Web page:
Monday, September 16, 2013

Dementia Care: Coping Strategies for Care Providers

Providing care for elderly individuals who have dementia, which is also known as dementia care, is a major responsibility for both professionals and family members. If you offer eldercare to your loved one who suffers from dementia then you are certainly well aware of the unique challenges this form of care can present.

Understanding Dementia
In order to cope with the stresses of Alzheimer’s and other forms of dementia care, the Alzheimer’s care, Chapel Hill, professionals know that it’s important to really understand what your elderly loved one is going through. Dementia changes seniors because it directly impacts the brain, making it difficult for them to remember certain details, perform certain tasks, and even simply orient themselves. This can make them feel vulnerable, uneasy, and frustrated. As such, seniors may experience a change in personality and they may take out some of their frustrations on those around them, even if they don’t mean to.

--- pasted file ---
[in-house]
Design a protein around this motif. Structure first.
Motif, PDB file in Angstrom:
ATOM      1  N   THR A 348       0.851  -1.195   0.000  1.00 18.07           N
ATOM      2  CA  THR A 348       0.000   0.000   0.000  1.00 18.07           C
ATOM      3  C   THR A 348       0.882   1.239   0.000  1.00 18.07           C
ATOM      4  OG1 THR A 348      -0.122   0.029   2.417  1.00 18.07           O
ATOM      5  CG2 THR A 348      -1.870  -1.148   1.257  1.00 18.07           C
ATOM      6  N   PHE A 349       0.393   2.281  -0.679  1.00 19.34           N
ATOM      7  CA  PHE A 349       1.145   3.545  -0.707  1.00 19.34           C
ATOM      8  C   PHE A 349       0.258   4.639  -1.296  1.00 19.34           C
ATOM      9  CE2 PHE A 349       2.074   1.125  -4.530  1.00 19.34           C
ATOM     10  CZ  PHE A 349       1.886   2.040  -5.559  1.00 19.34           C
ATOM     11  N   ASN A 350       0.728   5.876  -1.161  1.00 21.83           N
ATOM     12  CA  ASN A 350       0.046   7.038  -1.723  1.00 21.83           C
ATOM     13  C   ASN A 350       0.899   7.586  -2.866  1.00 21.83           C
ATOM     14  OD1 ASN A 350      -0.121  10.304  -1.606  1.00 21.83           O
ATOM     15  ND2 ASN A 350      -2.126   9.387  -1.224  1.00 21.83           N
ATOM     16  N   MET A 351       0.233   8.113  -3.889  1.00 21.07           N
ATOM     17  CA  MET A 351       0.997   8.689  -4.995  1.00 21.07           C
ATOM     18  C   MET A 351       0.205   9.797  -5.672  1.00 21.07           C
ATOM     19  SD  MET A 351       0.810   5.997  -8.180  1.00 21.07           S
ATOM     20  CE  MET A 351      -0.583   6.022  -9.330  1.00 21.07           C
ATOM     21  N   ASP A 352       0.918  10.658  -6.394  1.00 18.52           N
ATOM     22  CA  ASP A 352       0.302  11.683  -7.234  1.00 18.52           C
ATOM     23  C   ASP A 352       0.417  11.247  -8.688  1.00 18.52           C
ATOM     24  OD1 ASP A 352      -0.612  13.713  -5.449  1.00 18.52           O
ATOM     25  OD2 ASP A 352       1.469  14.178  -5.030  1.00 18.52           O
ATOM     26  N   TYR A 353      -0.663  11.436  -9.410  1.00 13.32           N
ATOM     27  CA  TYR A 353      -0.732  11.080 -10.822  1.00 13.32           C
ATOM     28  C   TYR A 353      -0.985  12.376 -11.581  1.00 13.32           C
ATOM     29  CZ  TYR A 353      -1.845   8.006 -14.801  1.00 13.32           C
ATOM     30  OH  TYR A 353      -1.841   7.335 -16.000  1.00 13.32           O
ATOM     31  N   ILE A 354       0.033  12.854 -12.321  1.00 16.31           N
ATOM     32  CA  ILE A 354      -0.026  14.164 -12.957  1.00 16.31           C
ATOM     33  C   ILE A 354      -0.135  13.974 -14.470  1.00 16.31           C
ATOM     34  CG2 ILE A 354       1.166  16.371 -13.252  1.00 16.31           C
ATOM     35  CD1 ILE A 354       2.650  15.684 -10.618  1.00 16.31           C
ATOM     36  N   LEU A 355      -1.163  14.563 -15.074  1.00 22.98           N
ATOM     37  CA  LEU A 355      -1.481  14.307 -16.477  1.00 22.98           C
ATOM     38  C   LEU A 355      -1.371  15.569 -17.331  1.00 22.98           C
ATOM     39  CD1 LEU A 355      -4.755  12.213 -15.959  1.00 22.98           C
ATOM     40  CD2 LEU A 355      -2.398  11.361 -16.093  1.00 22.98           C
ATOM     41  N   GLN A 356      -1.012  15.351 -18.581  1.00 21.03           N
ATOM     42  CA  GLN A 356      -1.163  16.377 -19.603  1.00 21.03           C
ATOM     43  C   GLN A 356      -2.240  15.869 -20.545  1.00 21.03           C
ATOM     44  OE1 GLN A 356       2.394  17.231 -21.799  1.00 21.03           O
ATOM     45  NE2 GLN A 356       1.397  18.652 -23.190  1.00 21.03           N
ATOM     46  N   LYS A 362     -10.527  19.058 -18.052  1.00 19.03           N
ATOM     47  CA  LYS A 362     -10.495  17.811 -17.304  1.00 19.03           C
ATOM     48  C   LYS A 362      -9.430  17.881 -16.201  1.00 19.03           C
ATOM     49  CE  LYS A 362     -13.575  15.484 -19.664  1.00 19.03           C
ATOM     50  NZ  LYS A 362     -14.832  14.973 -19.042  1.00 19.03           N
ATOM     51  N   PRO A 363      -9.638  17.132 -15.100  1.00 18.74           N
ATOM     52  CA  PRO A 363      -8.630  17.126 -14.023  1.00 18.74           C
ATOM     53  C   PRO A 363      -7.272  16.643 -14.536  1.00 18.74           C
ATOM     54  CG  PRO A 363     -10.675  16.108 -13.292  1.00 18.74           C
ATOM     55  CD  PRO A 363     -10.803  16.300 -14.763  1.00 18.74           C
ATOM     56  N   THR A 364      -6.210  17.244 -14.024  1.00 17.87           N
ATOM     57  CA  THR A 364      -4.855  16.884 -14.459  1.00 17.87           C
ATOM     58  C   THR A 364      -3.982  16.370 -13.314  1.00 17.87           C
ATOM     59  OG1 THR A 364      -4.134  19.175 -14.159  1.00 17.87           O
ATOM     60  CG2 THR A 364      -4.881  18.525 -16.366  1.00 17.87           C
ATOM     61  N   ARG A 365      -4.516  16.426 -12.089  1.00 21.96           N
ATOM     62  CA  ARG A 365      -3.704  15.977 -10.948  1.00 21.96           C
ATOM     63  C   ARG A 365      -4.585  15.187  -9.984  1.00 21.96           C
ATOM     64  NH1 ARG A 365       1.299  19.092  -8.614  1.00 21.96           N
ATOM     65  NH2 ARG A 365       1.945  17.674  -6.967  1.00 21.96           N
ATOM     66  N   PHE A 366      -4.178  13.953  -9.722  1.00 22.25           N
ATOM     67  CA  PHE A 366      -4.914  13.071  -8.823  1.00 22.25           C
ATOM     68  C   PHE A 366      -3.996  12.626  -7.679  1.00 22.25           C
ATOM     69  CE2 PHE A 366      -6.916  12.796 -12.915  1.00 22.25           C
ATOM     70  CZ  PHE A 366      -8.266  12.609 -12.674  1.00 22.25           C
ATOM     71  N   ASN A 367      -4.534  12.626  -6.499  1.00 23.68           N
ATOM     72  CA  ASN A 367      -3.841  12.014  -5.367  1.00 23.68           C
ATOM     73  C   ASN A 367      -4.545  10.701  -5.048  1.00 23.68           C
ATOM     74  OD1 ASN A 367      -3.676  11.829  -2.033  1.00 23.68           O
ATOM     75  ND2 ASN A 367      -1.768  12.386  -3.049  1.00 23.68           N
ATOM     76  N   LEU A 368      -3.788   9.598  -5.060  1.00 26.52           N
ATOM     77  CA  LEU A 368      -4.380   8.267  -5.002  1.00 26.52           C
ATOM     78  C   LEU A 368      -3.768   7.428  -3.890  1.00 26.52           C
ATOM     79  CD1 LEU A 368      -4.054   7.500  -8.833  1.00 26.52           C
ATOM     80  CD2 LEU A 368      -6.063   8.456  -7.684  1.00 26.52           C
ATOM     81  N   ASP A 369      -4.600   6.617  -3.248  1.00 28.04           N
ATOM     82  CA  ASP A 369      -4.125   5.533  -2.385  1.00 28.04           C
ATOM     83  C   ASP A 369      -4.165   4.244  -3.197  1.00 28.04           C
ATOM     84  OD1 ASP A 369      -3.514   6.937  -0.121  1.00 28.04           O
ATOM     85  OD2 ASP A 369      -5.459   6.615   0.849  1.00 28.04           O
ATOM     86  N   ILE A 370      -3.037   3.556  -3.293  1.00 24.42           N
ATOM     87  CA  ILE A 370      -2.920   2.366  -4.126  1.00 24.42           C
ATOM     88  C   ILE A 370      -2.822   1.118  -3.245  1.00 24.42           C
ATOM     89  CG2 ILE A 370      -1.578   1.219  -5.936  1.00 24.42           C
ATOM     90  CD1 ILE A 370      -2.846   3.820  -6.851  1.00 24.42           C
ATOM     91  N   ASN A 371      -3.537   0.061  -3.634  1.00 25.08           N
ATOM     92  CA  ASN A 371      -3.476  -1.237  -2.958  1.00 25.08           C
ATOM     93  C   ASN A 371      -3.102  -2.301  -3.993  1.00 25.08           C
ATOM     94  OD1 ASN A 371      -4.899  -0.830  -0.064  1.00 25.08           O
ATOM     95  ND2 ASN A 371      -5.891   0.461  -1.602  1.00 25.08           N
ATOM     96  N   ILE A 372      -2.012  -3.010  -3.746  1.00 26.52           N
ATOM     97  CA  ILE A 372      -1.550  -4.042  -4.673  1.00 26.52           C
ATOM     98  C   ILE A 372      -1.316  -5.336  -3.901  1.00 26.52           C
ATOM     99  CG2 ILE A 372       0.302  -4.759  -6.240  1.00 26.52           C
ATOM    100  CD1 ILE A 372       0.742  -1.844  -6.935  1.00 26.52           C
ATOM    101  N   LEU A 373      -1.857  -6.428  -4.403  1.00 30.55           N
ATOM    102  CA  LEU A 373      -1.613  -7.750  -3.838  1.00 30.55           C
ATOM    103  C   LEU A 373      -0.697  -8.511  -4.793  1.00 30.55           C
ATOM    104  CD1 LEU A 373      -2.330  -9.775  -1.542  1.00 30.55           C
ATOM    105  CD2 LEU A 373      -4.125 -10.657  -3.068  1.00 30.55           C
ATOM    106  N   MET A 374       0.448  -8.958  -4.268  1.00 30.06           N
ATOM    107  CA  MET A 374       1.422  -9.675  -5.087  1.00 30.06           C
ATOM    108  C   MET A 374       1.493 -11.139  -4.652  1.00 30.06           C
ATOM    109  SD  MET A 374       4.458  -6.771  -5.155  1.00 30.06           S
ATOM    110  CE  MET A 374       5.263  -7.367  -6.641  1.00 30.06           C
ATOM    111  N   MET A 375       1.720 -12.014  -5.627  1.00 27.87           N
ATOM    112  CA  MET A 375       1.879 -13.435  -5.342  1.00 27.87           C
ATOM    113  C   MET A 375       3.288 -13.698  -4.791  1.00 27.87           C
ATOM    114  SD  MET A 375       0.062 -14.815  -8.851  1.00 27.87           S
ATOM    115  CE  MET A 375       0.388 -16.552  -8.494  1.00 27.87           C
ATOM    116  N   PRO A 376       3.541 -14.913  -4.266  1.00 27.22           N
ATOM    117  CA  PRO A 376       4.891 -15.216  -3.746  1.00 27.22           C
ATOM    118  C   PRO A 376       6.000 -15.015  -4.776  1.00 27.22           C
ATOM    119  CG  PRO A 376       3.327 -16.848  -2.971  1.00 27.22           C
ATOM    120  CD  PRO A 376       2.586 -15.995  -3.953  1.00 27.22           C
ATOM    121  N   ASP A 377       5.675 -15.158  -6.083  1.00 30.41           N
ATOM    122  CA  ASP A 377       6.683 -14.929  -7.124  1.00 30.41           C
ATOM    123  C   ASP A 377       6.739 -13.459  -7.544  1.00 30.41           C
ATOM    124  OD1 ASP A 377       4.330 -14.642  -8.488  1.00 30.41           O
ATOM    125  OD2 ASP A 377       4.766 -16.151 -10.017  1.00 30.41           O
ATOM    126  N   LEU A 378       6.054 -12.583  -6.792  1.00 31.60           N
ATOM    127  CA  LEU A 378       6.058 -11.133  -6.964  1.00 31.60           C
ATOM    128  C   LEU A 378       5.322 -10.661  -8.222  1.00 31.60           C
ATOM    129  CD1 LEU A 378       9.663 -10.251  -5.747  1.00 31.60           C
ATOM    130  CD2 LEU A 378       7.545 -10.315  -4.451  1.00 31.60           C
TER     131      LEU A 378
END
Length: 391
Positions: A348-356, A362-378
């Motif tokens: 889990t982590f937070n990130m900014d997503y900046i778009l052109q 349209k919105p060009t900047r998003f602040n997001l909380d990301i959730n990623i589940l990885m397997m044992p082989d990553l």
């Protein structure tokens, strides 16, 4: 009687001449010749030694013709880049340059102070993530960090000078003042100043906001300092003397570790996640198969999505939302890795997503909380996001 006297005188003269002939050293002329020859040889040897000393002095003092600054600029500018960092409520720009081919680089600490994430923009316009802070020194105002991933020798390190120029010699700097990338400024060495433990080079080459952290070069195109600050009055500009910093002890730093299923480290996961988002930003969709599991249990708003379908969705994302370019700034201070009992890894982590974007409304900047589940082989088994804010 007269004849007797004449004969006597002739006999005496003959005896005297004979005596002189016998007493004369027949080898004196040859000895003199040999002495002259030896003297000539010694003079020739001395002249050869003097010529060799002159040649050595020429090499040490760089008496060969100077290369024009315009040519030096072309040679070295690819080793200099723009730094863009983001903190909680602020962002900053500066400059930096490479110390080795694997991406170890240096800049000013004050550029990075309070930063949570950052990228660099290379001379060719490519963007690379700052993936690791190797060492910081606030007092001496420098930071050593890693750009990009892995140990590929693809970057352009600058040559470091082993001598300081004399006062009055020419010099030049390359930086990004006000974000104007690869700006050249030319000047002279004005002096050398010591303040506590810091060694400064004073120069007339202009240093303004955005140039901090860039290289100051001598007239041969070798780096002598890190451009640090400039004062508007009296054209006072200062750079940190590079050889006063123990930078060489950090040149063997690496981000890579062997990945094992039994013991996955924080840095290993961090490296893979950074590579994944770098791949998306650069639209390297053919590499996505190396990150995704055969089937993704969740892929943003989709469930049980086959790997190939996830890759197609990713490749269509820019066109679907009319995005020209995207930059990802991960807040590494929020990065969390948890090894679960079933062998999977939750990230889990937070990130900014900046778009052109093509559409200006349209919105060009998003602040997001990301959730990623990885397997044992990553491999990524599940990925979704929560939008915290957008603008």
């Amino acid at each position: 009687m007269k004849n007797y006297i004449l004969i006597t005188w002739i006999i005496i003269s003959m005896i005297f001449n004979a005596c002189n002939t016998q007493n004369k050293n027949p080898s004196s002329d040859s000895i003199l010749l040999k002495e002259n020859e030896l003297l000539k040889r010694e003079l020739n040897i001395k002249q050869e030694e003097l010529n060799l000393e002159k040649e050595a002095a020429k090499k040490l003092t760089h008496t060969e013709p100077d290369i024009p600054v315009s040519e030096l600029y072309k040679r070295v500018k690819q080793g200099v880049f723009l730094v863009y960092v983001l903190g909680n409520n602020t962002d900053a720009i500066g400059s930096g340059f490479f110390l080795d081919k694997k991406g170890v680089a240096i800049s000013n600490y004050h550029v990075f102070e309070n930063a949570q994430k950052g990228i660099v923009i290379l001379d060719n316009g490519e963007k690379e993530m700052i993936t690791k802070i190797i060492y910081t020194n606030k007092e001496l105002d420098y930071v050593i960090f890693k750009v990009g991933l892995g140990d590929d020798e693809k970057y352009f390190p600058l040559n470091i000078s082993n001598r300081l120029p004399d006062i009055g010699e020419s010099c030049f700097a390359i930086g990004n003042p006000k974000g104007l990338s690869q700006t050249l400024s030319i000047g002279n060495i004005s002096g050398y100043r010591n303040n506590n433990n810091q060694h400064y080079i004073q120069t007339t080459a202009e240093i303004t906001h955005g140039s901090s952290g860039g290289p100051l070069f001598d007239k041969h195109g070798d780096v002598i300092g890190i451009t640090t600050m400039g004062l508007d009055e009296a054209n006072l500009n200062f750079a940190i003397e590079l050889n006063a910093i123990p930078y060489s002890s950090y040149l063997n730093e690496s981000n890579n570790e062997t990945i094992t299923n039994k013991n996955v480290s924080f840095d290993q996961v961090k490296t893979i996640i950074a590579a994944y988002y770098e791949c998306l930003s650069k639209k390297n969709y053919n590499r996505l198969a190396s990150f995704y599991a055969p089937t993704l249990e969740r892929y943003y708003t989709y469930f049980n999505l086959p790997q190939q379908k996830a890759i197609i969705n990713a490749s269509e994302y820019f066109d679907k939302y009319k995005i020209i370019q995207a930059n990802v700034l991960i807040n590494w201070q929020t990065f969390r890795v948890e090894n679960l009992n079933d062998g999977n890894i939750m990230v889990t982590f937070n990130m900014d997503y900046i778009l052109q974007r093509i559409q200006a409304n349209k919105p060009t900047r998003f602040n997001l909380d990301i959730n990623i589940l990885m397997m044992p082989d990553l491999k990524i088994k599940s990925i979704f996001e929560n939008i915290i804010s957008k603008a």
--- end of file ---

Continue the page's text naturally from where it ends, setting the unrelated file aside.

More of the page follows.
By understanding why your elderly loved one is acting this way it can be easier to provide the care that they need. Through your efforts, you can help your senior feel more secure in an environment that may seem unfamiliar to them.

Keeping Yourself Healthy
One of the most important things to remember when providing dementia care is that you cannot take care of your senior if you don’t take care of yourself first. This responsibility is demanding, and though it is just as rewarding as it can be stressful it is important to make sure that you see to your physical and mental wellbeing as you take care of your loved one. Below are a few ways for you to do so.

  1. Take at least one day off per week. If you need to bring in a respite care professional to do so, make it happen. This day will allow you to recharge and rest so that you can keep from burning out. 
  2. Exercise compassion. It is important to not only be patient with your senior but to also try to understand what they are going through in order to best cope with the situation. 
  3. Talk about your experiences. Sharing with friends, family members, or even professionals can prove extremely therapeutic. 

With these coping mechanisms in mind you can better care for your loved one.

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